Best Tater Tots

Sticky Rice
1224 H St. NE; (202) 397-7655

There’s something inherently secretive about tater tots, and it’s not just the way these potato pellets are made. Think Napoleon Dynamite and his stash of zipper-locked tots on the side of his pants (“Napoleon, gimme some of your tots!”). Think about your own attempts to conceal your tot habit in school, all the better to horde them for yourself.

Now think about Sticky Rice on H Street NE, surprising home of the best tots around, and its accompanying sauce. “No one really knows what’s in it,” says owner John Yamashita about his creamy, spicy sauce. Well, no one except for the people who make the sauce in-house, and they ain’t talking.

The secret sauce is the key to Sticky Rice’s tots—that and the tots’ utter simplicity. They’re deep-fried and served in buckets, as if a nod to that other icon of American fried-ness, KFC. When Yamashita opened the first Sticky Rice in Richmond, he wanted to give his customers a taste of America as well as Japan—but what part of America? He knew that he wanted to cater to America’s love for comfort foods, but French fries seemed too obvious.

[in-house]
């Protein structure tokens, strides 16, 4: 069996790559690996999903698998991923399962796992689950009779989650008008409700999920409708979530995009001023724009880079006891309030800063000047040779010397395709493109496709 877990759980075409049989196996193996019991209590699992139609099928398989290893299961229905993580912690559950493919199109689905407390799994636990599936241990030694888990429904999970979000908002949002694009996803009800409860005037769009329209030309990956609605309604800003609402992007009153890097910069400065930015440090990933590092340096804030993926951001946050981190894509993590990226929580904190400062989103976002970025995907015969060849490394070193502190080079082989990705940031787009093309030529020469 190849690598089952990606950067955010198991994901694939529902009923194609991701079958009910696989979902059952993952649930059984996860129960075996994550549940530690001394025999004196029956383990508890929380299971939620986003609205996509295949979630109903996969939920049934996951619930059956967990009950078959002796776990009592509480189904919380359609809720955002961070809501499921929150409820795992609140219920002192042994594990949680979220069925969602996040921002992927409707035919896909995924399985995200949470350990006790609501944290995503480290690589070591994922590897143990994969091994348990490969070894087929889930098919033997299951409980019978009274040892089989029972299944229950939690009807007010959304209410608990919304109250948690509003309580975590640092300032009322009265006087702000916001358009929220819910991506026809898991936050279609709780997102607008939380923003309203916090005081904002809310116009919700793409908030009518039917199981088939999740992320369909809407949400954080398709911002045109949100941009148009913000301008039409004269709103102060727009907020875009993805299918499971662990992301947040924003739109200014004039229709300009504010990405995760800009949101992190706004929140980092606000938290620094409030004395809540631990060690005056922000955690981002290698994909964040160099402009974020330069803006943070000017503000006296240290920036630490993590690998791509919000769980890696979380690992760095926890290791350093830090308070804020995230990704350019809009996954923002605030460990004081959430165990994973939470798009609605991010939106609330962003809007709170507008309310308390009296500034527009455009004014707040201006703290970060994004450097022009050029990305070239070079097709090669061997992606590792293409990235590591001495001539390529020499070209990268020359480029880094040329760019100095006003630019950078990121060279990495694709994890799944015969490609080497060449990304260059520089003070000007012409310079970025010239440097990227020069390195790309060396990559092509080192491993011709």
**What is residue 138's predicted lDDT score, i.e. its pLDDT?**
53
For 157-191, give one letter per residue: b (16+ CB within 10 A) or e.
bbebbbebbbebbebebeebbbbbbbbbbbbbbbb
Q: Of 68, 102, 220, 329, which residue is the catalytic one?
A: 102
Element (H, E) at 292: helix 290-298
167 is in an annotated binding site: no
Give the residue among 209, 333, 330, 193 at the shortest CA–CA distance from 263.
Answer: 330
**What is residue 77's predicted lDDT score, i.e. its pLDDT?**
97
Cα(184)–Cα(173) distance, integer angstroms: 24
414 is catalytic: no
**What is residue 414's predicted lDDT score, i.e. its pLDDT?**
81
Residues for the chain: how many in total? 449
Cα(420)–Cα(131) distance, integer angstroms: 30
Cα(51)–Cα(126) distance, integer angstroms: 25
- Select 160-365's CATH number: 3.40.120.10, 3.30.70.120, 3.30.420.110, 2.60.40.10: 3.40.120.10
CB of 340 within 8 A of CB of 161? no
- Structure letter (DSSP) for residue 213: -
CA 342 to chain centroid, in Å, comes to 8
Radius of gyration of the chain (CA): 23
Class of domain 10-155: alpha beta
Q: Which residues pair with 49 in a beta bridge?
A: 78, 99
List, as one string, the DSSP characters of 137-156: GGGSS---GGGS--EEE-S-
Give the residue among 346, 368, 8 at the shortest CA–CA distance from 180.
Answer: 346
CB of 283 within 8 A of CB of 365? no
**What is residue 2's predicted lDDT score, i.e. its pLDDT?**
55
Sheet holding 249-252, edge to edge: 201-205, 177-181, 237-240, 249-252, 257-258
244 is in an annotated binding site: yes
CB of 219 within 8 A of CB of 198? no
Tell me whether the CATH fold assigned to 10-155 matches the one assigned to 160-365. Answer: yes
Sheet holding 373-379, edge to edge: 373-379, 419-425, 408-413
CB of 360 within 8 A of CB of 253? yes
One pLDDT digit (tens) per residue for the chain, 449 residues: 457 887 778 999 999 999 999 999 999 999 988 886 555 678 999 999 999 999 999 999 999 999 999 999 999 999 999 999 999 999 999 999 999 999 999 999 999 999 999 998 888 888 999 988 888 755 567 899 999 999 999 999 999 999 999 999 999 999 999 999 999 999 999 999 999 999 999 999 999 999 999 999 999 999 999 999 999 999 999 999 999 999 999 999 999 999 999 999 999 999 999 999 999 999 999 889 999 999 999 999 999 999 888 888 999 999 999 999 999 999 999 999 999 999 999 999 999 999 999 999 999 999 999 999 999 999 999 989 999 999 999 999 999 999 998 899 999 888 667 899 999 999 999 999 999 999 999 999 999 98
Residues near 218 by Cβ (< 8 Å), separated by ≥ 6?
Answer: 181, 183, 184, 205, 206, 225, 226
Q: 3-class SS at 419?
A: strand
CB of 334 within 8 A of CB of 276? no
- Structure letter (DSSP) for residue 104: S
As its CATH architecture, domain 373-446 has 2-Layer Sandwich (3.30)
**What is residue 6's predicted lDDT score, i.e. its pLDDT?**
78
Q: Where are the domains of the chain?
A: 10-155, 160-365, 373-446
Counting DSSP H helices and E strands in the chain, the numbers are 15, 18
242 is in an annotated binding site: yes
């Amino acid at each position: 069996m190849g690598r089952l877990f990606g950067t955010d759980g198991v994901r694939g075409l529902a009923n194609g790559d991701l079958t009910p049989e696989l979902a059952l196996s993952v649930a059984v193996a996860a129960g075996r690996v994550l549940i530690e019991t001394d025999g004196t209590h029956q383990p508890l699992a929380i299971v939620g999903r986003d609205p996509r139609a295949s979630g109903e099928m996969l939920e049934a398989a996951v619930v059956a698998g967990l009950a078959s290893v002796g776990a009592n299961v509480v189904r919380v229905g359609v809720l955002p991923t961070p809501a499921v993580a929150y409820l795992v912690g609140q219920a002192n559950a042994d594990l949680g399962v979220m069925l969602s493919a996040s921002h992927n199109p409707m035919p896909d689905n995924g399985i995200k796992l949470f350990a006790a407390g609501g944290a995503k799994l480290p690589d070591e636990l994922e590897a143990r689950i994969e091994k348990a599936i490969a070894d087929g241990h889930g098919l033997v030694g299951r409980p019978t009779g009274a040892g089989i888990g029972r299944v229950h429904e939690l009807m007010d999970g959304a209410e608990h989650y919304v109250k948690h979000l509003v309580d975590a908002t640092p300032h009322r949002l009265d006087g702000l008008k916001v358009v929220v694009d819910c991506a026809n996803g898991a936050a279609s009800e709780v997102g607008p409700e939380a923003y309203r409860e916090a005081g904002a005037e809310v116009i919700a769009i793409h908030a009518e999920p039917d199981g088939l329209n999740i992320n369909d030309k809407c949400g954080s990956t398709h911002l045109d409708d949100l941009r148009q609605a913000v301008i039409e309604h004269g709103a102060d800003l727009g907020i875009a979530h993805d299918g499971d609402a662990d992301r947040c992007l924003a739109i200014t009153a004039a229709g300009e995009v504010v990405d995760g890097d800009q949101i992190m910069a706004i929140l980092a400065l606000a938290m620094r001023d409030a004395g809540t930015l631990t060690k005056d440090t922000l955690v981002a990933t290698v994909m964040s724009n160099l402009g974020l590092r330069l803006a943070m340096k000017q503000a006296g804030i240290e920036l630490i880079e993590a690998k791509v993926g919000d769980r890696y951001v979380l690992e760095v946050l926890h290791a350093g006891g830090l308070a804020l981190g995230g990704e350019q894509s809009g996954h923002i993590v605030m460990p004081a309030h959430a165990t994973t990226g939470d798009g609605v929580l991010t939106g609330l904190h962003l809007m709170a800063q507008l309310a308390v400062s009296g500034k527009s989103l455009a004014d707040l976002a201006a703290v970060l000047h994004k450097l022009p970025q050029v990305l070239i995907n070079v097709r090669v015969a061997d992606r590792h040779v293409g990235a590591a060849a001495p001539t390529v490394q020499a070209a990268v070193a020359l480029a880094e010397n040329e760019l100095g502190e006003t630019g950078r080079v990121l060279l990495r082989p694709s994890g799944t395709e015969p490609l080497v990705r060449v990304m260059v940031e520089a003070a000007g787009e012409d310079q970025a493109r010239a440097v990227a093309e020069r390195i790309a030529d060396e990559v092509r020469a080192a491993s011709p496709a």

Hello, tater tots. They’re now a top-seller at the sushi joint. “I had no idea they’d be a big deal,” Yamashita says.

He really shouldn’t have been surprised. Tots have been a hit from almost the day that brothers F. Nephi Grigg and Golden T. Grigg invented them in 1953 at their company, Ore-Ida Foods. During the Depression, the brothers grew and sold potatoes, moving into the French fry business after World War II. The shavings left over after the potatoes were cut into fries were first used as cattle feed. The Griggs came up with an idea to chop up the shavings, mix in flour and spices, and fry them.

The tater tot was born, which Americans now consume at an ungodly rate, 70 million a year.

Tater tots made their way from home ovens to restaurants a long time ago. Tots have made appearances at places as diverse as Michel Richard Citronelle and the Quarry House, that subterranean, post-Prohibition pub in Silver Spring. Some tots, like the ones at the Union Pub on Capitol Hill, give Sticky Rice’s a run for their money, even if you have to request the homemade chipotle/ranch sauce (otherwise you’re stuck with ketchup).

There’s no such problem at Sticky Rice, where you get that wonderfully mysterious sauce with every order of those crunchy little nuggets of fried potato.

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